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Can acupuncture for lower back pain prevent surgery?

Researchers from Korea compared the need for surgery in patients who had received acupuncture for lower back pain with those that had not.

Up to seven out of ten people will experience low back pain in their lifetime. It can be a major disability for some people, preventing them from being able to work. The number of people who suffer from low back pain is pretty much equal across the board in different countries around the world. Despite this, there is a big difference between countries in the number of people undergoing lumbar surgery for low back pain.

The causes of low back pain are as wide-ranging as the treatment options. Therapies can range from physical therapy and medicated pain relief all the way to surgery. Surgery is not without complications and the benefits of receiving surgery for low back pain have not been firmly established. Additionally, the cost for patients who have surgery is over $25,000 more in the United States than those who do not.

Researchers from South Korea were interested in these findings and questioned whether this was related to access to different types of healthcare in different countries.

In South Korea, patients can choose between conventional medicine treatments and Korean medicine. Traditional Korean medicine originated in ancient times and encompasses what those in the Western world would call alternative or complementary treatments, such as acupuncture and herbal treatments.

The American College of Physicians now recommend acupuncture for low back pain

Acupuncture, in fact, has now been included as a recommendation for treatment of low back pain in the updated American College of Physicians’ guidelines in 2017. Some health professionals have, however, criticized this use of acupuncture. Up until recently, there has been little evidence supporting its usefulness as a treatment for low back pain.

Researchers from South Korea designed a study to delve a little deeper into this issue. They compared the need for surgery in patients with low back pain who had received acupuncture treatment with those that had not. Their findings were published in PLOS ONE.

Because South Korea has a national health service, the researchers were able to tap into its database to find all the patients over a six-year period that had been diagnosed with low back pain. The researchers separated the patient’s data into two groups: those who had received no acupuncture for lower back pain, and those who had received six acupuncture treatments soon after their diagnosis was made. They made sure that there were even numbers of patients in each group according to age, sex and income.

Patients who did not undergo acupuncture were more likely to need surgery

The researchers found that patients who had not received acupuncture treatment were more likely to need surgery. They speculated on two possible reasons for this. The first is that acupuncture is so effective at managing low back pain it decreases the need for lumbar surgery.

The second reason may be that in South Korea, it is the combined approach of traditional Korean medicine and conventional medicine that decreases the need for surgery, rather than just acupuncture itself. In this study, the patients in the group that received acupuncture were far more likely to receive other types of therapy too than those patients in the group that did not receive acupuncture: they received only conventional medicine treatments.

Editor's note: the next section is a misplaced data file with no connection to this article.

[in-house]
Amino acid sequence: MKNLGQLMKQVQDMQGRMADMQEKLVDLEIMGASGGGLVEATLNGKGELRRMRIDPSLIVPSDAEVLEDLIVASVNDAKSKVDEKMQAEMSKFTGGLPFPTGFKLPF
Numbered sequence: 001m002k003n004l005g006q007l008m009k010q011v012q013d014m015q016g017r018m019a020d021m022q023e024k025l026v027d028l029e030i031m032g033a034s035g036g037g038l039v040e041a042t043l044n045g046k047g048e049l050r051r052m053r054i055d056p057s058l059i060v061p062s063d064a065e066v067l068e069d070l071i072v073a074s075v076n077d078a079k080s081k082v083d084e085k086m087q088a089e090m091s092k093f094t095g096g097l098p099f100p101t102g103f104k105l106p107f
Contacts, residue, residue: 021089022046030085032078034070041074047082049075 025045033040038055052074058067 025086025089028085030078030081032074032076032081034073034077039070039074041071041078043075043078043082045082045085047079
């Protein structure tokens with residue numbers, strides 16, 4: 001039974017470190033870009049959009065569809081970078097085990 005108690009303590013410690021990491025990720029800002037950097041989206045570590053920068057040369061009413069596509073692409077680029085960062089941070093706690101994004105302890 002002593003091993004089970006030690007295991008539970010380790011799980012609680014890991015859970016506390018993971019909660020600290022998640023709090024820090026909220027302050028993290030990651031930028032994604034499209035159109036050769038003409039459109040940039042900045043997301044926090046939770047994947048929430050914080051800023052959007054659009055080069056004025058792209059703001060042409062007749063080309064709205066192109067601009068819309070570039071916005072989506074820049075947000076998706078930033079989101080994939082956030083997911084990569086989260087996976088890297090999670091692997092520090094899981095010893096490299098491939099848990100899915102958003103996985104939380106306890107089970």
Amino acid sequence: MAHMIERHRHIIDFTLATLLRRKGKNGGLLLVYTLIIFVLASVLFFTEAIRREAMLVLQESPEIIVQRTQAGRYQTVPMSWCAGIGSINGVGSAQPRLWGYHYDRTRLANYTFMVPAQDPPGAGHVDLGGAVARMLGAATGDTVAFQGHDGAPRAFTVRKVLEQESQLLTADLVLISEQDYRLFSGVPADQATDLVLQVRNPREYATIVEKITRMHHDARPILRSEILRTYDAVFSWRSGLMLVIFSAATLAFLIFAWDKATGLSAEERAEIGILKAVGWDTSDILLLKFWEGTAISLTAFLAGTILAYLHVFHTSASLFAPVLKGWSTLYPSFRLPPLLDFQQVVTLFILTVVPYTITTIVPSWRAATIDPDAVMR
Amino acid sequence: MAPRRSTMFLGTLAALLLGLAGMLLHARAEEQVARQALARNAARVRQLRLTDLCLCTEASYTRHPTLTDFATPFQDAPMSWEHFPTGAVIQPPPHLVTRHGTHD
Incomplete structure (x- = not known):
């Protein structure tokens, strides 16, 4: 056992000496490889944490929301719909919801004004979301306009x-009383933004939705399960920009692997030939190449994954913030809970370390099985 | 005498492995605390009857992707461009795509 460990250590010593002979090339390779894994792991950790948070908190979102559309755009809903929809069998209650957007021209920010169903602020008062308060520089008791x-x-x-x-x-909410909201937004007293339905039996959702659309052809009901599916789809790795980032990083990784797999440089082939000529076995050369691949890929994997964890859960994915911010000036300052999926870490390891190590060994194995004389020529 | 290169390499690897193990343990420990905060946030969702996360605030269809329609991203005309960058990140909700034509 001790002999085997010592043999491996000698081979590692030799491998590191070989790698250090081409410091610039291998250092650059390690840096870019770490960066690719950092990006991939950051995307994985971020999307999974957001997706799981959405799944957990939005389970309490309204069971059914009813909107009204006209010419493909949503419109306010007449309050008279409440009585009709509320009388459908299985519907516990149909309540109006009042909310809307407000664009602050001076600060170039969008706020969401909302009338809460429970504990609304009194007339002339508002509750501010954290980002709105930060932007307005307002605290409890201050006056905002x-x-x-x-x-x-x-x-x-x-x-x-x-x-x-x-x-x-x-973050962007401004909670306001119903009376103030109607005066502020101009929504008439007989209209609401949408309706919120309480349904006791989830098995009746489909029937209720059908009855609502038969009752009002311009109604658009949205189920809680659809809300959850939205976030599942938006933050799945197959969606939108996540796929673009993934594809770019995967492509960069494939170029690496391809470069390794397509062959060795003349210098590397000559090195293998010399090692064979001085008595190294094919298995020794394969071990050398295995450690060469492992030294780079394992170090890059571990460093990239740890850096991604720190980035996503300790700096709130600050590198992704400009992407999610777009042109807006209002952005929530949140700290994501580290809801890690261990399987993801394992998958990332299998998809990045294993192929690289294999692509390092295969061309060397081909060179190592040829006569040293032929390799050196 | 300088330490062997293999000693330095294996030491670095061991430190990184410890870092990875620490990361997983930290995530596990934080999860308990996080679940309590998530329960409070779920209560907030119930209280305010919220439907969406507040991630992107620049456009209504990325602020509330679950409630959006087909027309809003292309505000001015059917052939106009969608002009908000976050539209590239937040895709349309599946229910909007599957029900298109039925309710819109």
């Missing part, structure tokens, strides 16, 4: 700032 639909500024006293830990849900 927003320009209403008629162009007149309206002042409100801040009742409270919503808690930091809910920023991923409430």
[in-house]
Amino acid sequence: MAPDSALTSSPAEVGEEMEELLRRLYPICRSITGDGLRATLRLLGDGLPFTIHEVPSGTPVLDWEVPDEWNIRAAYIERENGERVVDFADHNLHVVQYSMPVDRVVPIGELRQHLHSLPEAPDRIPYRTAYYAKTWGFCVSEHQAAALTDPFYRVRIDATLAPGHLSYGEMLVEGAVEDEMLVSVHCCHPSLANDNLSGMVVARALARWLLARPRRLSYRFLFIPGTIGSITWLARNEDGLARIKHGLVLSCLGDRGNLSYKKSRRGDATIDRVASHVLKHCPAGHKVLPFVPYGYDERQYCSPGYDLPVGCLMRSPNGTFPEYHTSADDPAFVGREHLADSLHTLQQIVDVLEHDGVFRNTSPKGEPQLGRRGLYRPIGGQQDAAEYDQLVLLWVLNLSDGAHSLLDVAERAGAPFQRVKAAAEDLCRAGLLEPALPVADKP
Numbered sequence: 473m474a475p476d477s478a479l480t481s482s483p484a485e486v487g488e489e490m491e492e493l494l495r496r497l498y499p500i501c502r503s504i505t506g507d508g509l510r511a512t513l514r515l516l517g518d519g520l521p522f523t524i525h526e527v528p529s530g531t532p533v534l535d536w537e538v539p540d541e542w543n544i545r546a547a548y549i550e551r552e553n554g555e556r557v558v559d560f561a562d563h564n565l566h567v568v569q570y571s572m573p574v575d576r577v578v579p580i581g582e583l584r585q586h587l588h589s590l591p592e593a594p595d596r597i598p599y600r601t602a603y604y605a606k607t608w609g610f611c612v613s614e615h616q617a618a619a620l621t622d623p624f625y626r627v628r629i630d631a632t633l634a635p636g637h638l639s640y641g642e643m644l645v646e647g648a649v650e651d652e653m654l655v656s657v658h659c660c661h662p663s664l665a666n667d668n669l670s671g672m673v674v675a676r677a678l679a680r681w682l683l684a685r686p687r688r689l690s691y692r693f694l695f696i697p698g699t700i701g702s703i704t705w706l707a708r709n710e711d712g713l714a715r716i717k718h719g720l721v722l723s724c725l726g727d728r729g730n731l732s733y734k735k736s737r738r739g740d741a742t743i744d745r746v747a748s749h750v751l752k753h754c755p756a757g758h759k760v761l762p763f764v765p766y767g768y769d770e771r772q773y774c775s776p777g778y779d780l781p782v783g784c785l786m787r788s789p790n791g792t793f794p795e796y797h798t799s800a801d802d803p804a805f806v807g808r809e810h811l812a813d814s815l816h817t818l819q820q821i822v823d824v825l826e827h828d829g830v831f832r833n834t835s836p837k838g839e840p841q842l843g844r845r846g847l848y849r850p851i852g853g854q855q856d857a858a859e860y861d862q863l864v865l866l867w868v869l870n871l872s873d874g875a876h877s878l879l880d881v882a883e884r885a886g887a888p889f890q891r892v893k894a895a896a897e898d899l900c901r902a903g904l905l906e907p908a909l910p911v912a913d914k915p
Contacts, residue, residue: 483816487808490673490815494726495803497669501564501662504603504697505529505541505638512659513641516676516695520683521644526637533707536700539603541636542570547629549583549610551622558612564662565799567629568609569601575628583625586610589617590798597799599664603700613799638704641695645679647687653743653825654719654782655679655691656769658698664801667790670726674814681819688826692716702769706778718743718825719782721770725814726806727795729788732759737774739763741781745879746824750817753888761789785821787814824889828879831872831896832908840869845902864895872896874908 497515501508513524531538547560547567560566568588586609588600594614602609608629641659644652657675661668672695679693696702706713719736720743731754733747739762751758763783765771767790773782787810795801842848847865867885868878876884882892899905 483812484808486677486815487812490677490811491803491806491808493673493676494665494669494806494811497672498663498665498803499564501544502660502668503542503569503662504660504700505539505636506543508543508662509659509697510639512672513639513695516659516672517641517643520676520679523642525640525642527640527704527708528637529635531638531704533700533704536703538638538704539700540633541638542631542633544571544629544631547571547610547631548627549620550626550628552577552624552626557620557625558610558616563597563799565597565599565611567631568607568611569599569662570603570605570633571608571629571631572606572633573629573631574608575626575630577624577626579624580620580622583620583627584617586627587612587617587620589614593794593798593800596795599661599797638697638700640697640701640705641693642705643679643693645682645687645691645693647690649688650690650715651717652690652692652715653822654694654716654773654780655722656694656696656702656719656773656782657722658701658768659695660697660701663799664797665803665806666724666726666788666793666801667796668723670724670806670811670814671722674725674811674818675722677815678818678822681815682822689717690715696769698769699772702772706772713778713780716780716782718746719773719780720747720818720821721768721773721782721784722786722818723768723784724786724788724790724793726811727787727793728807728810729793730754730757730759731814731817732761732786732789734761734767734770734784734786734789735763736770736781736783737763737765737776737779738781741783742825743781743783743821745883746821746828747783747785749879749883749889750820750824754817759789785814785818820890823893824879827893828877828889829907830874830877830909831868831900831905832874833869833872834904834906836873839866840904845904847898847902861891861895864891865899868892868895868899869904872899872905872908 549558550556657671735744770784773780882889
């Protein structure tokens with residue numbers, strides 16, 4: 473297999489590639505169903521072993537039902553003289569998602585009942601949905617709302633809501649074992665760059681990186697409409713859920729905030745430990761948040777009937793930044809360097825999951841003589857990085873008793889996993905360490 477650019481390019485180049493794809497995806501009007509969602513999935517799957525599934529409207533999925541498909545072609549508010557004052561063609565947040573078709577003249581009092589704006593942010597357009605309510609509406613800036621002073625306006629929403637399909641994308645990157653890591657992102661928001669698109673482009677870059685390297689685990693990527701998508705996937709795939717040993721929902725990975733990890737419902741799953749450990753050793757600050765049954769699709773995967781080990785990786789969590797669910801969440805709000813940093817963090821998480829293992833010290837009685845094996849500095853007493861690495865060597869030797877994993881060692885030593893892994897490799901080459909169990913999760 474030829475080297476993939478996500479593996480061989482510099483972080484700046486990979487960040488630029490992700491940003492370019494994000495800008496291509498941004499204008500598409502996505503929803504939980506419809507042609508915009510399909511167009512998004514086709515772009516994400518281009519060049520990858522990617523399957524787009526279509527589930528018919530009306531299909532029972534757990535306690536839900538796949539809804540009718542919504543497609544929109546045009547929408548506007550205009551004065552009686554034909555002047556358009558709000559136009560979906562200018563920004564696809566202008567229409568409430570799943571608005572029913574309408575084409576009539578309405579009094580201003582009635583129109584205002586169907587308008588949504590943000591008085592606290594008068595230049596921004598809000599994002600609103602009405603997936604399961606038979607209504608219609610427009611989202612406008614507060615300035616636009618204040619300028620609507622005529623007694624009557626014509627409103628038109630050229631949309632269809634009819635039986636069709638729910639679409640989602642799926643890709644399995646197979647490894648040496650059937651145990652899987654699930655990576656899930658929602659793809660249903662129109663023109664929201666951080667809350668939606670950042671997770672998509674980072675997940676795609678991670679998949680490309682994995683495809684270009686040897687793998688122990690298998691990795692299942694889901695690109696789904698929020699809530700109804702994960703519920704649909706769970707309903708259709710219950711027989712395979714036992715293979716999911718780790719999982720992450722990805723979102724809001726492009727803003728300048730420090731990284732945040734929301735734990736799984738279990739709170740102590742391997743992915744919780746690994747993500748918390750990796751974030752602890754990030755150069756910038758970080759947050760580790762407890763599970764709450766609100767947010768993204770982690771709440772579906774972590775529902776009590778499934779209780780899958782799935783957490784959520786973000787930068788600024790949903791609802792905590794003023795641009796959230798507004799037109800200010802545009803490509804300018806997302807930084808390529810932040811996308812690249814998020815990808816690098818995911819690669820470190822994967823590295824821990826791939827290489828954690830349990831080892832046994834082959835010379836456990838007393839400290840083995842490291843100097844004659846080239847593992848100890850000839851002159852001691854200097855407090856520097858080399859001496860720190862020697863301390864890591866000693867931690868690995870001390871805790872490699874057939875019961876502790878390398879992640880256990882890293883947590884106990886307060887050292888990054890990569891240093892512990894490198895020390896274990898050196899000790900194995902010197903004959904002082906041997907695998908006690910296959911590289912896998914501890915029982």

When the researchers looked at patients by their age range, they found that acupuncture for lower back pain did not significantly alter the need for surgery in patients who were in their twenties. They discuss that this finding may be as a result of their condition being less chronic at a younger age. In line with this, the researchers found that acupuncture decreased the need for surgery more and more as patients got older. In patients aged 60 years or older, it more than halved the need for surgery compared to younger ages.

When the researchers looked at the data according to different incomes levels and being male or female, no changes to the main study findings were made.

Researchers were unaware of the severity of low back pain among participants

The biggest limitation of the study is that the researchers did not know how severe the low back pain was in each individual patient. Differing pain levels could potentially throw off the results if there were uneven numbers in the acupuncture and non-acupuncture groups.

The researchers conclude that acupuncture treatment is associated with a decreased need for surgery in patients with low back pain. Future studies are needed to see if acupuncture has the same effect when patients with low back pain of similar severity are compared.

Written by Nicola Cribb, VetMB DVSc Dip.ACVS

Reference: Koh W, Kang K, Lee Y, et al. Impact of acupuncture treatment on the lumbar surgery rate for low back pain in Korea: A nationwide matched retrospective cohort study. Plos One. 2018;13(6):e0199042. doi:10.1371/journal.pone.0199042.

Nicola Cribb
Nicola Cribb
Nicola obtained her Veterinary and Master’s degrees from the University of Cambridge, UK, and Doctor of Veterinary Science from the University of Guelph, Canada. She is board-certified in surgery and has research interests in minimally-invasive surgery. She has worked in a clinical setting, as well as research and teaching disciplines for the past 16 years at the University of Guelph, where she is currently Adjunct Faculty. She is a freelance medical writer and reviews, authors, and co-authors publications and reviews in scientific journals and books.


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